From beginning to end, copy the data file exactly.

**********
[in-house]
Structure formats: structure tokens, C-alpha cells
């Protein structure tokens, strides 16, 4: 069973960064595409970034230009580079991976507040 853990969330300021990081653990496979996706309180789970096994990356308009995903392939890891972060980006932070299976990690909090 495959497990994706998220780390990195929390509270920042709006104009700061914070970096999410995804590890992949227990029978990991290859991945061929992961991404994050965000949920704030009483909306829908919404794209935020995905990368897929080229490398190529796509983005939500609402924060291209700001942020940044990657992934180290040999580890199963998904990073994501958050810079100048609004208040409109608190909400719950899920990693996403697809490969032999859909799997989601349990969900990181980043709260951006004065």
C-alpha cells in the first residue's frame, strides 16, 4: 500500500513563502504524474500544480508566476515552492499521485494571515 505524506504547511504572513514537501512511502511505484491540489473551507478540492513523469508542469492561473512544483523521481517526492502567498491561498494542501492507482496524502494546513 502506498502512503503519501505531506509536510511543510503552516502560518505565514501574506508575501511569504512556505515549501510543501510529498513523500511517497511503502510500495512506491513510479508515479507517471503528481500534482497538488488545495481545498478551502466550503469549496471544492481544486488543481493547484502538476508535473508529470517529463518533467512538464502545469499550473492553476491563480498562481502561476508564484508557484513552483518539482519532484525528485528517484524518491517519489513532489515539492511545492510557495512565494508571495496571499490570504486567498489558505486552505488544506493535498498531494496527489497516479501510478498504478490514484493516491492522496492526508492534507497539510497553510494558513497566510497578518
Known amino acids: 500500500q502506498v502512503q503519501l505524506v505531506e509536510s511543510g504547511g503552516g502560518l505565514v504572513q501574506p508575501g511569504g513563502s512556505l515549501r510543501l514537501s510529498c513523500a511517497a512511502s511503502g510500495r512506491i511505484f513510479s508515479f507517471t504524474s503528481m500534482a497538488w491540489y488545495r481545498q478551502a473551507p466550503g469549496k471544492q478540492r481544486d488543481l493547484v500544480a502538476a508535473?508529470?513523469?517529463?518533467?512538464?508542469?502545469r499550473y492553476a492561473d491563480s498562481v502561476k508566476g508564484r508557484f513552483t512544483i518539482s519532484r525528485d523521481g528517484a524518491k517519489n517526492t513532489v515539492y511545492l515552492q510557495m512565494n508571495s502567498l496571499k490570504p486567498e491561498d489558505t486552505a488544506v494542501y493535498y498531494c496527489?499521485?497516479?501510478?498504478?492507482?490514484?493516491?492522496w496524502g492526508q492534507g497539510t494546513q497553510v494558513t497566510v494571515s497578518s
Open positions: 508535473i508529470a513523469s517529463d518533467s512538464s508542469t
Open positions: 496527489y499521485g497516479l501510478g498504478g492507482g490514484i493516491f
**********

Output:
[in-house]
Structure formats: structure tokens, C-alpha cells
């Protein structure tokens, strides 16, 4: 069973960064595409970034230009580079991976507040 853990969330300021990081653990496979996706309180789970096994990356308009995903392939890891972060980006932070299976990690909090 495959497990994706998220780390990195929390509270920042709006104009700061914070970096999410995804590890992949227990029978990991290859991945061929992961991404994050965000949920704030009483909306829908919404794209935020995905990368897929080229490398190529796509983005939500609402924060291209700001942020940044990657992934180290040999580890199963998904990073994501958050810079100048609004208040409109608190909400719950899920990693996403697809490969032999859909799997989601349990969900990181980043709260951006004065």
C-alpha cells in the first residue's frame, strides 16, 4: 500500500513563502504524474500544480508566476515552492499521485494571515 505524506504547511504572513514537501512511502511505484491540489473551507478540492513523469508542469492561473512544483523521481517526492502567498491561498494542501492507482496524502494546513 502506498502512503503519501505531506509536510511543510503552516502560518505565514501574506508575501511569504512556505515549501510543501510529498513523500511517497511503502510500495512506491513510479508515479507517471503528481500534482497538488488545495481545498478551502466550503469549496471544492481544486488543481493547484502538476508535473508529470517529463518533467512538464502545469499550473492553476491563480498562481502561476508564484508557484513552483518539482519532484525528485528517484524518491517519489513532489515539492511545492510557495512565494508571495496571499490570504486567498489558505486552505488544506493535498498531494496527489497516479501510478498504478490514484493516491492522496492526508492534507497539510497553510494558513497566510497578518
Known amino acids: 500500500q502506498v502512503q503519501l505524506v505531506e509536510s511543510g504547511g503552516g502560518l505565514v504572513q501574506p508575501g511569504g513563502s512556505l515549501r510543501l514537501s510529498c513523500a511517497a512511502s511503502g510500495r512506491i511505484f513510479s508515479f507517471t504524474s503528481m500534482a497538488w491540489y488545495r481545498q478551502a473551507p466550503g469549496k471544492q478540492r481544486d488543481l493547484v500544480a502538476a508535473?508529470?513523469?517529463?518533467?512538464?508542469?502545469r499550473y492553476a492561473d491563480s498562481v502561476k508566476g508564484r508557484f513552483t512544483i518539482s519532484r525528485d523521481g528517484a524518491k517519489n517526492t513532489v515539492y511545492l515552492q510557495m512565494n508571495s502567498l496571499k490570504p486567498e491561498d489558505t486552505a488544506v494542501y493535498y498531494c496527489?499521485?497516479?501510478?498504478?492507482?490514484?493516491?492522496w496524502g492526508q492534507g497539510t494546513q497553510v494558513t497566510v494571515s497578518s
Open positions: 508535473i508529470a513523469s517529463d518533467s512538464s508542469t
Open positions: 496527489y499521485g497516479l501510478g498504478g492507482g490514484i493516491f